A single engineered cell spontaneously divides to give a colony of Delta-positive (red) and Notch-active (green) cells. (Image: Miki Ebisuya, RIKEN Center for Developmental Biology)
During development, signaling between adjacent embryonic cells allows them to differentiate into the many specialized cell types that make up multicellular organisms. These intercellular signaling mechanisms have traditionally been investigated by disrupting them pharmacologically or genetically. However, as a co-author of the study, Miki Ebisuya, explains, “It is difficult to test if the identified components and inferred mechanisms are sufficient to explain the cell behaviors that are observed.” Instead, Ebisuya and her colleagues reconstituted an intercellular signaling pathway in Chinese hamster ovary cells and put current knowledge to the test.
Ebisuya’s team focused on an evolutionarily conserved signaling pathway that is mediated by a ligand known as Delta and its receptor, Notch. Both of these proteins span cell membranes, so signaling via this pair of molecules is restricted to neighboring cells.
Notch activation by Delta leads to a decrease in the expression of the gene encoding the Delta protein. Over time, a Delta-expressing cell becomes surrounded by cells that do not express Delta (called Notch-active cells), which as a result adopt a different cell fate. This intercellular signaling circuit, known as lateral inhibition, is involved in the specification of many cell types during both vertebrate and invertebrate development.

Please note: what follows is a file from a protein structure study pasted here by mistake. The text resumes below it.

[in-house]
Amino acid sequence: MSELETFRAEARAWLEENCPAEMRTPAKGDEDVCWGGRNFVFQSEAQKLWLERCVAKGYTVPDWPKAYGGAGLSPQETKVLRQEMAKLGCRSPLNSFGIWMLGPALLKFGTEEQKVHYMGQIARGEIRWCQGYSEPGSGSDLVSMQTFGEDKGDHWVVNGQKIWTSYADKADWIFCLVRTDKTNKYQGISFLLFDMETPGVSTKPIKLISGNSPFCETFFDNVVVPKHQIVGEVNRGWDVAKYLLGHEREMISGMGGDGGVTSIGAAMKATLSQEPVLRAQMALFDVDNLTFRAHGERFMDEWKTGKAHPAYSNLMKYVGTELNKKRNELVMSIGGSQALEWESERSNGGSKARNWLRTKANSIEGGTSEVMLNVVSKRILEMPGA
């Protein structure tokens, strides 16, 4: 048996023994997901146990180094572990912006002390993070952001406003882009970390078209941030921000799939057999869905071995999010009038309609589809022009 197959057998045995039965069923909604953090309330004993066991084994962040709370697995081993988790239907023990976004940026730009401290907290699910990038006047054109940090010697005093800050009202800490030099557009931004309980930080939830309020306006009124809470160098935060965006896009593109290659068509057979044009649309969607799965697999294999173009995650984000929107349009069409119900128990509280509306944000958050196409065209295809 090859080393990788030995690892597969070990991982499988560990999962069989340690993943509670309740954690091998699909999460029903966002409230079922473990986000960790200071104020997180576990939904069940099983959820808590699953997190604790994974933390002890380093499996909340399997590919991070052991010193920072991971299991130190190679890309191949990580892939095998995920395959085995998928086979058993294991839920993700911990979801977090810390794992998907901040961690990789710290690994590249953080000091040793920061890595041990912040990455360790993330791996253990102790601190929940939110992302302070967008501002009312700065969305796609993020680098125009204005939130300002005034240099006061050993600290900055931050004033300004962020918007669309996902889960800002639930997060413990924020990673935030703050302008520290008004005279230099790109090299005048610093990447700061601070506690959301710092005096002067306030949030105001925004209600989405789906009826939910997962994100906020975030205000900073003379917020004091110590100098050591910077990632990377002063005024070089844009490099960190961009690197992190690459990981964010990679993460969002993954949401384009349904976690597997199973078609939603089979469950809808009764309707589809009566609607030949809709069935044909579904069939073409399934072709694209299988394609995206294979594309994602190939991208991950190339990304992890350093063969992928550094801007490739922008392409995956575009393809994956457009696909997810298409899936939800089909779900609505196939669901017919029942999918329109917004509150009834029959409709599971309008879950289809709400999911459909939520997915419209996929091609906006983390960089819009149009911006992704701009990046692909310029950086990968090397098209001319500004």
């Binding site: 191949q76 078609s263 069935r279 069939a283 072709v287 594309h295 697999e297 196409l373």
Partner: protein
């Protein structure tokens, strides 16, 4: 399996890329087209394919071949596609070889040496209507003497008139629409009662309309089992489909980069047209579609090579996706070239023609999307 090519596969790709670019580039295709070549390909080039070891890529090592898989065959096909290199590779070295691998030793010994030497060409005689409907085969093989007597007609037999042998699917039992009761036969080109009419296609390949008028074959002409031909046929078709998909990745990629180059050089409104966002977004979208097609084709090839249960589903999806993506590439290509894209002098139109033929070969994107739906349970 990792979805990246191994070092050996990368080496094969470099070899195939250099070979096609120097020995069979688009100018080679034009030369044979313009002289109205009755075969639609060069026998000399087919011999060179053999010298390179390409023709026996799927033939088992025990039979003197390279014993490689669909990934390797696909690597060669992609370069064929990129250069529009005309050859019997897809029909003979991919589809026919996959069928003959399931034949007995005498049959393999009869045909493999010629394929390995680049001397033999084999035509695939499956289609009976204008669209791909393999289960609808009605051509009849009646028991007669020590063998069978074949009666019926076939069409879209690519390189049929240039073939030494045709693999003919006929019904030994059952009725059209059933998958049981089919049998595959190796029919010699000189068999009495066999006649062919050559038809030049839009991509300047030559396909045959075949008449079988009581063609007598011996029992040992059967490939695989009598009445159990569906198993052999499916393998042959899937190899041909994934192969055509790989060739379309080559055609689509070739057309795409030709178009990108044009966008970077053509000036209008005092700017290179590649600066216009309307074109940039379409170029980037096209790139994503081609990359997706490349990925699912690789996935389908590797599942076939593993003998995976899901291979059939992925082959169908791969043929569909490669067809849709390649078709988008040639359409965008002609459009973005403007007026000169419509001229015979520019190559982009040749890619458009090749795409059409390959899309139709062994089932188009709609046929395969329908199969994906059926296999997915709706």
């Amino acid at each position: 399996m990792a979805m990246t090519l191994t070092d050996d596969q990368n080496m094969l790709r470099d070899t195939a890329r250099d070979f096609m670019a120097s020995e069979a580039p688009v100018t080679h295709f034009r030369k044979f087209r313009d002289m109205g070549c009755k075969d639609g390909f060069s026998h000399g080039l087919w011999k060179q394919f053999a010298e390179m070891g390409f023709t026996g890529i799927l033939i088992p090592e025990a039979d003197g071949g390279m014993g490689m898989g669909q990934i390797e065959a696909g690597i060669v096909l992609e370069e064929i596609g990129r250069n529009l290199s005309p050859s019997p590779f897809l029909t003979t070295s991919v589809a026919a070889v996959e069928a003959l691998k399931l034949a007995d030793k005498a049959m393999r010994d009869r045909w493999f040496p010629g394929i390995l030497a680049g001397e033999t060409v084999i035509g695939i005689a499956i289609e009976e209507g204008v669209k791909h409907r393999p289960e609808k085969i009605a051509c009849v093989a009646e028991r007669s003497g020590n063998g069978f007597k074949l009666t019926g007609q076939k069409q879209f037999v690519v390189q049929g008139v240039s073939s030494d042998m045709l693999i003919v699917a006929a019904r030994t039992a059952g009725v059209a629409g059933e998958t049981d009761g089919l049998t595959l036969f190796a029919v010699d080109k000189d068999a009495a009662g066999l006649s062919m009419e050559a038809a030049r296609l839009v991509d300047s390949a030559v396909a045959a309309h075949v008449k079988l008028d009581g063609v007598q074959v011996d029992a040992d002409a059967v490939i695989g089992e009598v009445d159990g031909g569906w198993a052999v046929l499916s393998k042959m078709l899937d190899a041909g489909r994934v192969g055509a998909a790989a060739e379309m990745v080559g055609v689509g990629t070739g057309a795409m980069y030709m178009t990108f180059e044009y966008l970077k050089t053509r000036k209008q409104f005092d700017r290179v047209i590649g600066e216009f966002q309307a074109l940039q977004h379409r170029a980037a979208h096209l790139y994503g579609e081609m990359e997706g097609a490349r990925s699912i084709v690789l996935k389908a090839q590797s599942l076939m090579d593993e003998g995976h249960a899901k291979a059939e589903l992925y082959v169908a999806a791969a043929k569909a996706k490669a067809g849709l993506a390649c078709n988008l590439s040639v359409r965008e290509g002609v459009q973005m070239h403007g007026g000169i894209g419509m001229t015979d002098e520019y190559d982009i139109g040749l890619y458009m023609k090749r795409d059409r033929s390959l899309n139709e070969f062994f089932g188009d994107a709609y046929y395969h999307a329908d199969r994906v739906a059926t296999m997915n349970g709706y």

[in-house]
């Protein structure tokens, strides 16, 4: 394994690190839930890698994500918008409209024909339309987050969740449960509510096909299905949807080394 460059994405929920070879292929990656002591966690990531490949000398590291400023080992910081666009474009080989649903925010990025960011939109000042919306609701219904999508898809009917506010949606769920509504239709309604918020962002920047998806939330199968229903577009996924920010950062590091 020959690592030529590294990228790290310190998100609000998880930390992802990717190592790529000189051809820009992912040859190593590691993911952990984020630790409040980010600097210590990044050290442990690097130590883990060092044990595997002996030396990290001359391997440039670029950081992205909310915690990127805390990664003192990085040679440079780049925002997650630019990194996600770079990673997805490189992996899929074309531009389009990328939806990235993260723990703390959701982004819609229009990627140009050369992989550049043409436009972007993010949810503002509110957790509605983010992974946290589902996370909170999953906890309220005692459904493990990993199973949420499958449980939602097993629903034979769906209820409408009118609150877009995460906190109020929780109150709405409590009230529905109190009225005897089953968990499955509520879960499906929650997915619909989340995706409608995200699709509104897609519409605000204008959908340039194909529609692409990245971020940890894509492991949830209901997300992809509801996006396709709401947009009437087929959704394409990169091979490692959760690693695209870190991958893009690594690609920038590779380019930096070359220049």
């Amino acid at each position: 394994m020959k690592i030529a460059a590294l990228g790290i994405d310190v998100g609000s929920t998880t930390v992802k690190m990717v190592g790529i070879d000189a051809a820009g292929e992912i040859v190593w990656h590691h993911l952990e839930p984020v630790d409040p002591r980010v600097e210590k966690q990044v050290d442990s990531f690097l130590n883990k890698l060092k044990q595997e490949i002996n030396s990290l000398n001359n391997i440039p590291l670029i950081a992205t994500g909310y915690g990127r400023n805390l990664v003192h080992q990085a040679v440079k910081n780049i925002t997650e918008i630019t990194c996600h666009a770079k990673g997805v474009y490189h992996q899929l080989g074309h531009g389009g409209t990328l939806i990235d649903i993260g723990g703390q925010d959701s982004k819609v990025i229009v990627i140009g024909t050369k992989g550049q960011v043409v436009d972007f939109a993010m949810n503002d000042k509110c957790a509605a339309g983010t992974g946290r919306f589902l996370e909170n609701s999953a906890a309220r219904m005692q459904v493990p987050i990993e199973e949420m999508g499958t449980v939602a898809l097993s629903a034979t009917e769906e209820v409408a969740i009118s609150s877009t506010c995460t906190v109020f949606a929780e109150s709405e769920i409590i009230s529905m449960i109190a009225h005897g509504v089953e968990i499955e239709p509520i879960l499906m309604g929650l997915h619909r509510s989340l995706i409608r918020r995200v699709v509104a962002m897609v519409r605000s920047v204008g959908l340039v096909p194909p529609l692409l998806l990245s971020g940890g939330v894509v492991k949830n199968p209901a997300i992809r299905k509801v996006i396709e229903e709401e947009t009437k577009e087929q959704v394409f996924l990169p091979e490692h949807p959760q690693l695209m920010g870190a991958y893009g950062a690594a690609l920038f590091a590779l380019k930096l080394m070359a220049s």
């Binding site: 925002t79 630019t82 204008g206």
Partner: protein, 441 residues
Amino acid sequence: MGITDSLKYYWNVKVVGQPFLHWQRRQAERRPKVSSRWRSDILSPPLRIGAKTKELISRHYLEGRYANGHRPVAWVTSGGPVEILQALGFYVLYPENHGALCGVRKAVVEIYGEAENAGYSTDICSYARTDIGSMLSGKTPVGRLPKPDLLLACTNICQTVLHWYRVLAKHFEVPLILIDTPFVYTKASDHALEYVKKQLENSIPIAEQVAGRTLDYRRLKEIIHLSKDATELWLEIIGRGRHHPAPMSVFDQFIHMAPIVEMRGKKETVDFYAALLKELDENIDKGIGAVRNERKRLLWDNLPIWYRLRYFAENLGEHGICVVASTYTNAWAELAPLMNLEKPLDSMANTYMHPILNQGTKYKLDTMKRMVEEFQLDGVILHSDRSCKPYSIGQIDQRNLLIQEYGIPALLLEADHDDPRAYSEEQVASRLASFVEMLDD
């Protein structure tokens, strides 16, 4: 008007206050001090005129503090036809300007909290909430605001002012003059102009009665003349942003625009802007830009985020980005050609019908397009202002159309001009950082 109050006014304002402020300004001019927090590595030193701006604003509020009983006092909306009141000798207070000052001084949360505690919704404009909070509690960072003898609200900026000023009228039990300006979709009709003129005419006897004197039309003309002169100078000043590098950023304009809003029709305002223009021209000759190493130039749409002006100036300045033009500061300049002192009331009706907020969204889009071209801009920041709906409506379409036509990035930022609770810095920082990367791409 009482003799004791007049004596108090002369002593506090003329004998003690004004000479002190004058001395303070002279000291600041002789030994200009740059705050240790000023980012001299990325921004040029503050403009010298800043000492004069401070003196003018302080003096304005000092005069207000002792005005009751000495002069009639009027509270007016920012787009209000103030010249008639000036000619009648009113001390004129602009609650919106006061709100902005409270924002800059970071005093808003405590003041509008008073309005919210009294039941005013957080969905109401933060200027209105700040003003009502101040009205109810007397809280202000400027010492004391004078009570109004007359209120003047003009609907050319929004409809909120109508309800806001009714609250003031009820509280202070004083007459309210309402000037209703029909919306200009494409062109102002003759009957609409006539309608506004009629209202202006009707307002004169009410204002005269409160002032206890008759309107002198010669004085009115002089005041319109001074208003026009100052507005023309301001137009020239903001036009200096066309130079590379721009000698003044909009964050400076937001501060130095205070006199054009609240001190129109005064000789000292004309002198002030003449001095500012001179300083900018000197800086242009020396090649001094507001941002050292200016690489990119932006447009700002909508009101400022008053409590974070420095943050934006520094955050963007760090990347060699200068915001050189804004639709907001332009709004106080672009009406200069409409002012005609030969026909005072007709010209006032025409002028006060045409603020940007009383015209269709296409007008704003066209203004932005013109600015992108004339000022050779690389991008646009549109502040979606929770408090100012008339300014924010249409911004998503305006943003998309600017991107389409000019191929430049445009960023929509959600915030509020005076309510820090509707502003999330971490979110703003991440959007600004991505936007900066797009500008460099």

By introducing the genes for Delta and Notch, as well as a Notch-responsive repressor of gene transcription and a protein called Lunatic fringe that enhances the binding of Notch to Delta, Ebisuya’s team was able to trigger lateral inhibition and spontaneous cell-type bifurcations among genetically identical cells (Fig. above).
Tagging of Delta and the transcriptional repressor revealed that the ratio of Delta to Notch-active cells was robust—even after the cells were separated and mixed at different ratios, a similar number of each type was obtained. Interestingly, this cell-type ratio could be influenced by manipulating the degree of cell–cell attachment. More Delta cells were observed when the cells were grown at low densities, whereas more Notch-active cells were obtained when the cells were made to express the cell adhesion molecule N-cadherin.
Although the intercellular signaling circuit engineered by Ebisuya and her colleagues induces spontaneous cell-type bifurcation, the two different cell types produced in the circuit do not give rise to the regular cell patterns that are observed during development. “The next challenge,” notes Ebisuya, “will be to engineer a spatial cell pattern.”